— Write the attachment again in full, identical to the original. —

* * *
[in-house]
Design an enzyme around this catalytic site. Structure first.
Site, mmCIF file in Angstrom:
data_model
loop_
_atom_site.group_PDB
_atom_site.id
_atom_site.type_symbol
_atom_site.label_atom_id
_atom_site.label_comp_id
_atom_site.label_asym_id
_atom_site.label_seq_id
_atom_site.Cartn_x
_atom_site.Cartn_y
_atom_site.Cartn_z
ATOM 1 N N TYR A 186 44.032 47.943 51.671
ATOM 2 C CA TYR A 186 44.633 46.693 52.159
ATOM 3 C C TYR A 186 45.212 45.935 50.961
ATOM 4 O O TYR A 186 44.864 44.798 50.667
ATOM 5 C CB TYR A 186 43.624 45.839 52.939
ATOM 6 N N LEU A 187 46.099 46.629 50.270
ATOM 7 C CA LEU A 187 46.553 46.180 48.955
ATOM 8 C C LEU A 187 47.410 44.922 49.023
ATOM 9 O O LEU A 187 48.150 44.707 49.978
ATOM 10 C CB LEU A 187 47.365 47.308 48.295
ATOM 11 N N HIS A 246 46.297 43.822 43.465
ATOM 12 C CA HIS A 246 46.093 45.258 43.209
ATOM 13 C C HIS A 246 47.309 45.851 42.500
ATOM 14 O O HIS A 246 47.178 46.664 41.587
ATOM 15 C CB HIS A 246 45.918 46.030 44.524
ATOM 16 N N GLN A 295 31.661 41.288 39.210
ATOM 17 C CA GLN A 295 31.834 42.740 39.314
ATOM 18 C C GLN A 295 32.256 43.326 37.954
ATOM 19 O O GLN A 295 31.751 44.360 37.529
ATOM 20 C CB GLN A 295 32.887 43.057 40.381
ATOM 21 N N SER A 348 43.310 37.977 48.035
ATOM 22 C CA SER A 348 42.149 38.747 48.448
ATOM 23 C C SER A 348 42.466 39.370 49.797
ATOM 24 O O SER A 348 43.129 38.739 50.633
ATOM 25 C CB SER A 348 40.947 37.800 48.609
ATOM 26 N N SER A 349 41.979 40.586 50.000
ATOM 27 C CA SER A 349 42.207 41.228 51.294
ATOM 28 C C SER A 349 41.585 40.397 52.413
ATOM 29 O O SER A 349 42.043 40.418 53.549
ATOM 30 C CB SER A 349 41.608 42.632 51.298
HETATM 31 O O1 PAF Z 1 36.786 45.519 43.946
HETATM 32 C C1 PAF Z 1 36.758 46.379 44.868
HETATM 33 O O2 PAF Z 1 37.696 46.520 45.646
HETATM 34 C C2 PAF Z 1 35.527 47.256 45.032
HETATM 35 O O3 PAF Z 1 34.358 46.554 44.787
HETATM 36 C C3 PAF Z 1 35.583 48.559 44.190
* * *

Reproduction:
[in-house]
Design an enzyme around this catalytic site. Structure first.
Site, mmCIF file in Angstrom:
data_model
loop_
_atom_site.group_PDB
_atom_site.id
_atom_site.type_symbol
_atom_site.label_atom_id
_atom_site.label_comp_id
_atom_site.label_asym_id
_atom_site.label_seq_id
_atom_site.Cartn_x
_atom_site.Cartn_y
_atom_site.Cartn_z
ATOM 1 N N TYR A 186 44.032 47.943 51.671
ATOM 2 C CA TYR A 186 44.633 46.693 52.159
ATOM 3 C C TYR A 186 45.212 45.935 50.961
ATOM 4 O O TYR A 186 44.864 44.798 50.667
ATOM 5 C CB TYR A 186 43.624 45.839 52.939
ATOM 6 N N LEU A 187 46.099 46.629 50.270
ATOM 7 C CA LEU A 187 46.553 46.180 48.955
ATOM 8 C C LEU A 187 47.410 44.922 49.023
ATOM 9 O O LEU A 187 48.150 44.707 49.978
ATOM 10 C CB LEU A 187 47.365 47.308 48.295
ATOM 11 N N HIS A 246 46.297 43.822 43.465
ATOM 12 C CA HIS A 246 46.093 45.258 43.209
ATOM 13 C C HIS A 246 47.309 45.851 42.500
ATOM 14 O O HIS A 246 47.178 46.664 41.587
ATOM 15 C CB HIS A 246 45.918 46.030 44.524
ATOM 16 N N GLN A 295 31.661 41.288 39.210
ATOM 17 C CA GLN A 295 31.834 42.740 39.314
ATOM 18 C C GLN A 295 32.256 43.326 37.954
ATOM 19 O O GLN A 295 31.751 44.360 37.529
ATOM 20 C CB GLN A 295 32.887 43.057 40.381
ATOM 21 N N SER A 348 43.310 37.977 48.035
ATOM 22 C CA SER A 348 42.149 38.747 48.448
ATOM 23 C C SER A 348 42.466 39.370 49.797
ATOM 24 O O SER A 348 43.129 38.739 50.633
ATOM 25 C CB SER A 348 40.947 37.800 48.609
ATOM 26 N N SER A 349 41.979 40.586 50.000
ATOM 27 C CA SER A 349 42.207 41.228 51.294
ATOM 28 C C SER A 349 41.585 40.397 52.413
ATOM 29 O O SER A 349 42.043 40.418 53.549
ATOM 30 C CB SER A 349 41.608 42.632 51.298
HETATM 31 O O1 PAF Z 1 36.786 45.519 43.946
HETATM 32 C C1 PAF Z 1 36.758 46.379 44.868
HETATM 33 O O2 PAF Z 1 37.696 46.520 45.646
HETATM 34 C C2 PAF Z 1 35.527 47.256 45.032
HETATM 35 O O3 PAF Z 1 34.358 46.554 44.787
HETATM 36 C C3 PAF Z 1 35.583 48.559 44.190